Last week we posted part one of our two-part series covering XML & Web Services. This second half covers how organizations are currently using web services, how the technology can increase revenue, and how the technology can reduce costs. For even more information, we have made a recorded webinar available titled "XML & Web Services - How to Win More Business."
How are organizations currently using web services?
There are lots of ways web services are being used to help companies do business and make business work well. Definitely in back-office processing, we see orders being placed via web services -- shipment requests, notification of order status, all types of business transactions that you can imagine are quite easily implemented as a web service. So, sort of that fundamental day-to-day operational side of web services are there. And then you see some really creative kind of things. You see things like Microsoft SharePoint which provides a web service based collaboration tool that helps people share information and collaborate on documents. These are powerful technologies that can really be used in a number of different ways. So, really, almost any interaction that you have that involves information is quite susceptible to being engineered through web services.
How can the technology increase revenue?
|View Recorded Webinar Now|
Well, think of new business. Sometimes, when you want to bring onboard a new customer there is going to be some data interchange that you have to do with that customer. Web services can make that really easy and fast to do. Web services can really be an enabling technology to on-board entirely new sets of customers – perhaps in lateral opportunities. In terms of increasing revenue, that is probably the main way we see XML and web services being deployed.
You mentioned that this technology can also reduce costs. Can you explain?
In today’s world there can still be a lot of manual work as we move data through our various applications. Web services can automate that. We can gain efficiency within our own organizations by automating a lot of these processes. So, again, XML and web services can be the transport mechanism or the enabling technology for these processes to happen automatically. We push out inefficiencies, we automate processes, we make data flow faster, which then can improve customer service. So XML and web services can be an important efficiency tool within an organization as well.
Are there any specific cost savings for our listeners who implement a SharePoint server?
A SharePoint server is a Microsoft server based product that is a collaboration tool and it really lets people in geographically different locations share information in real-time. So you can push a document up to a SharePoint server, someone else can get notified that the document is available, and then immediately take a look and work on it. This is all done with a web services type of implementation. Or imagine you are on an IBM Mainframe where you are running back-office applications. What if your daily reports could automatically be published to a SharePoint server and made immediately available to the people who need them? You can now reduce printing costs, time for the information delivery, and you make that information much easier to share. So this technology is really helpful for pushing cost out of an organization.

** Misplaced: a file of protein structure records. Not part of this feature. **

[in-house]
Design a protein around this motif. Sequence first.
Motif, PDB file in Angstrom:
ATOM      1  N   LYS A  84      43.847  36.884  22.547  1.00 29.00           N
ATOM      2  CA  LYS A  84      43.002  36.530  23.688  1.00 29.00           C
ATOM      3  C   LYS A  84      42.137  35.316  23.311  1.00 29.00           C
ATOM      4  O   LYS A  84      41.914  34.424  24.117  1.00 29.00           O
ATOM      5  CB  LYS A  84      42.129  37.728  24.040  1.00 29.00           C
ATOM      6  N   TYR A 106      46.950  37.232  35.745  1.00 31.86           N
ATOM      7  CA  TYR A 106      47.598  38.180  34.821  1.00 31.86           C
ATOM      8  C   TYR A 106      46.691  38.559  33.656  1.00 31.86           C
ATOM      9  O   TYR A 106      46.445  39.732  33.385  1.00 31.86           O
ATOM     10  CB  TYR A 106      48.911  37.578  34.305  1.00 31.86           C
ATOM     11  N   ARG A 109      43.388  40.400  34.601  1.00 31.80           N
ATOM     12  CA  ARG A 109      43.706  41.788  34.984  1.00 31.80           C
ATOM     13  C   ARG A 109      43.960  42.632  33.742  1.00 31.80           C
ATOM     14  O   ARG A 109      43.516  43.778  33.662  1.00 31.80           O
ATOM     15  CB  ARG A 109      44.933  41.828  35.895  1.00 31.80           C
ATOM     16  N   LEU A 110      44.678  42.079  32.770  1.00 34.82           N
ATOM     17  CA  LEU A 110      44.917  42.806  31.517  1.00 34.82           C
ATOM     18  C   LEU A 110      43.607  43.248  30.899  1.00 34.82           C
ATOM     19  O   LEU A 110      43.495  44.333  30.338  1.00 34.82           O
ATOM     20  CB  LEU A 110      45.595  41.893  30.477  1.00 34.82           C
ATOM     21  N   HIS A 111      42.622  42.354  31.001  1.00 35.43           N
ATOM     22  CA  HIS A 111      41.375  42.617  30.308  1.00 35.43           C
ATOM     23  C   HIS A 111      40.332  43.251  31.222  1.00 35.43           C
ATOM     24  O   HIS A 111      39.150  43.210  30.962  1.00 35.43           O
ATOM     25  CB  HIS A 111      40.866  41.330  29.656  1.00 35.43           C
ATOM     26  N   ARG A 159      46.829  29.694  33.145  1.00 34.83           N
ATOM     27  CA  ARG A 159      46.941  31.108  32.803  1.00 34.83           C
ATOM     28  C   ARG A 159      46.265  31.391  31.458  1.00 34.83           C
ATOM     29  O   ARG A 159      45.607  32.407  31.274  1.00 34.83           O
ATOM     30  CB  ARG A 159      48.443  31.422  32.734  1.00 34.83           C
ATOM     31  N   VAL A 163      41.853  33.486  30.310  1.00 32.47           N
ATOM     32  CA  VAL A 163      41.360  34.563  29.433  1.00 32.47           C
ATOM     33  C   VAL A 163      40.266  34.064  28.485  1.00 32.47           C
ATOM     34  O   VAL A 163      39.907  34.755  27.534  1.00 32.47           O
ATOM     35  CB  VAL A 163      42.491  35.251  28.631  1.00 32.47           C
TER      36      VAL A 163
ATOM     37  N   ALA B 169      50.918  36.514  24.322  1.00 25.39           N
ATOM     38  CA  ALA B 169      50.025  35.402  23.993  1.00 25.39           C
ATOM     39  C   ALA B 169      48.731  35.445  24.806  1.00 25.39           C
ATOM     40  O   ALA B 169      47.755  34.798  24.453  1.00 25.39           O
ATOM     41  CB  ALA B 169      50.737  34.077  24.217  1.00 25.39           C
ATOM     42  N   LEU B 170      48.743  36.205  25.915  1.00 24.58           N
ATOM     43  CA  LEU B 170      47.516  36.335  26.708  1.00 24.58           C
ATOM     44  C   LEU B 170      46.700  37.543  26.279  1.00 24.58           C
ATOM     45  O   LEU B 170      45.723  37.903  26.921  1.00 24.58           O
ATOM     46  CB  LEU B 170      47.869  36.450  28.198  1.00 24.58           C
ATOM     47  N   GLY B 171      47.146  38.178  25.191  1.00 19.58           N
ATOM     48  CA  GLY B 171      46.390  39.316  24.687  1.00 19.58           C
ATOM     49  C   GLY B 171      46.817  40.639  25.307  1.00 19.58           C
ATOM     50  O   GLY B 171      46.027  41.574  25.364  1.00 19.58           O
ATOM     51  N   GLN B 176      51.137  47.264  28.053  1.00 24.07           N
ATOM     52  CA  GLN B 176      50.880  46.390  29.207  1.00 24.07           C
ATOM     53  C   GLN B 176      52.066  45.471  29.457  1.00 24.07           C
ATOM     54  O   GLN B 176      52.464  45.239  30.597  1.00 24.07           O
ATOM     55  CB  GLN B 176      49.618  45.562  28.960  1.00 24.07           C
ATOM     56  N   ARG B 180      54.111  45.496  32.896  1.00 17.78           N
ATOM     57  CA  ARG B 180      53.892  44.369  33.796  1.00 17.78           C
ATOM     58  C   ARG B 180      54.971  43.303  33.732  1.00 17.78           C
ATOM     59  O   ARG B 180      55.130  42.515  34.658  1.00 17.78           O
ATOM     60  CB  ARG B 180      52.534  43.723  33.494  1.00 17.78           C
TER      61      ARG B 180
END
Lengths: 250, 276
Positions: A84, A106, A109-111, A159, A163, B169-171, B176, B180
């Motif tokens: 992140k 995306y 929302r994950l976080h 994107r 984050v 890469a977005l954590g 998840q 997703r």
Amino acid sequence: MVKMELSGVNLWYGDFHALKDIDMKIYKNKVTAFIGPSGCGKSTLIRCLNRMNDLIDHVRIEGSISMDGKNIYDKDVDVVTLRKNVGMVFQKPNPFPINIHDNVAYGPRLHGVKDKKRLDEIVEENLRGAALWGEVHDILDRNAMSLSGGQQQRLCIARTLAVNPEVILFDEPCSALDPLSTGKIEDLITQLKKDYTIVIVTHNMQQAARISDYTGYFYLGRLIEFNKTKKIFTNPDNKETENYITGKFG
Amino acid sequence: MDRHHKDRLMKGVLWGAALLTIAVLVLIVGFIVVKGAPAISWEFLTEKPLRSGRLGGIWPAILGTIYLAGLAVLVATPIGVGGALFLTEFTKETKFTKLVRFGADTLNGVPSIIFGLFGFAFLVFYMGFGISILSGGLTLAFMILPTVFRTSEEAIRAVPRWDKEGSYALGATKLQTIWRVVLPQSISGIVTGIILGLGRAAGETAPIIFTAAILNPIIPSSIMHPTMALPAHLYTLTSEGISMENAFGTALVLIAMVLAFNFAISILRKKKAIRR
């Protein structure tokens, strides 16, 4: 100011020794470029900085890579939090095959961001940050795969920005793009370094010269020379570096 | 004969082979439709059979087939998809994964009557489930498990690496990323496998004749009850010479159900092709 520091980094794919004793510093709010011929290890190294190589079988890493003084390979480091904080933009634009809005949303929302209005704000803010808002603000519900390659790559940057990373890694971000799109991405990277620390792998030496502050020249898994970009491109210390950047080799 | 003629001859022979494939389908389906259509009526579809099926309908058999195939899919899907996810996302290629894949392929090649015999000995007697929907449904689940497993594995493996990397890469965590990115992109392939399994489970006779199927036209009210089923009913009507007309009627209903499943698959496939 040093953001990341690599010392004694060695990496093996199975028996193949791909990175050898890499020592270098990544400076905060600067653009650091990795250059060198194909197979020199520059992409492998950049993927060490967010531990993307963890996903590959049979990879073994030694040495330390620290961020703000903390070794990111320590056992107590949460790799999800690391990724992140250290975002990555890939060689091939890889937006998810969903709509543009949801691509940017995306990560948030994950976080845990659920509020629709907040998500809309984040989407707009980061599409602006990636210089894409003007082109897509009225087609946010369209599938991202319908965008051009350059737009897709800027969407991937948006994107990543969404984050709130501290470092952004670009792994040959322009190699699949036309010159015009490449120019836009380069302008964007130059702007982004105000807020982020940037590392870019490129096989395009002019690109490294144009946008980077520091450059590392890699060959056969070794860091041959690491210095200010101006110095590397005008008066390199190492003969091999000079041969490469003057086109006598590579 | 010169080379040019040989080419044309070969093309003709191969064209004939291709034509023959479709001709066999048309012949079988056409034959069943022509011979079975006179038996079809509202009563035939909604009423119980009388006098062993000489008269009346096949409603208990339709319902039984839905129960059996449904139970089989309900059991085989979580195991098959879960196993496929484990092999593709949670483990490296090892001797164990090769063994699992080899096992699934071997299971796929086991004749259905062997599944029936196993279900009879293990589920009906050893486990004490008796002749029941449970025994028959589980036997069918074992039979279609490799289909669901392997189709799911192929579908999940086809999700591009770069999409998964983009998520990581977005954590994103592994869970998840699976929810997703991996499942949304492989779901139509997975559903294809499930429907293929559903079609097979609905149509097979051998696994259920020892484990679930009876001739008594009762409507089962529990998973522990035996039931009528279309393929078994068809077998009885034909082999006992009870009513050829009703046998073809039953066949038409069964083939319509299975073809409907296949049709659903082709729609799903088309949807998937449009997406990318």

Are there any companies we might recognize using your XML?
Sure! PotteryBarn is using the RightNow CRM and they needed a way to do bulk data transfers to a SharePoint server hosted by RightNow. Our Alliance XML/400 was able to do that. In this case, the payload was an Excel CSV file that had to be shared between PotteryBarn and RightNow. Our technology made this sharing take place.
How complex is the implementation of XML and web services technology?
That’s a good question. Let me take that in two parts. XML and web services technologies have a fair amount of complexity in them. You have issues of security with HTTP/HTTPS implementations and you have the complexities of dealing with XML payloads - they have to be parsed properly to extract data and make it useable.
Encryption and encoding becomes an integral part of this technology, so there are a fair amount of really complex technologies integrated into a web services solution. However, the actual solutions that get deployed don’t have to be complex.
For example, in Alliance XML/400 we make the implementation of the client and server applications very simple. They are natural native interfaces on the IBM i that any developer can use if they wish. So in our solution we tried to hide the complexities of all these technologies in the solution itself, so that our customers don’t have to deal with that. I think that deploying XML and web services with our product is a very straightforward and easy thing to do.
We have had people in a very short period of time get up and running with integration with their customers – in as little as a couple of days. This is something that can be deployed quickly. Good solutions hide those complexities so that people can get on with doing business and not spend their time fussing around with the technology itself.
This has been some great information. Is there anything else you would like to say before we are done?
XML and web services are really enabling tools. We are living today in a difficult economic time and yet the most successful companies are moving forward. They are working to engage new opportunities, to reduce cost out of their organizations, and XML and web services technologies can help with this process. So, being positive and looking for opportunities and being sure to look at the payback for web services as part of the whole picture is really important.
For more information on XML & Web Services, view our webinar titled "XML & Web Services - How to Win More Business."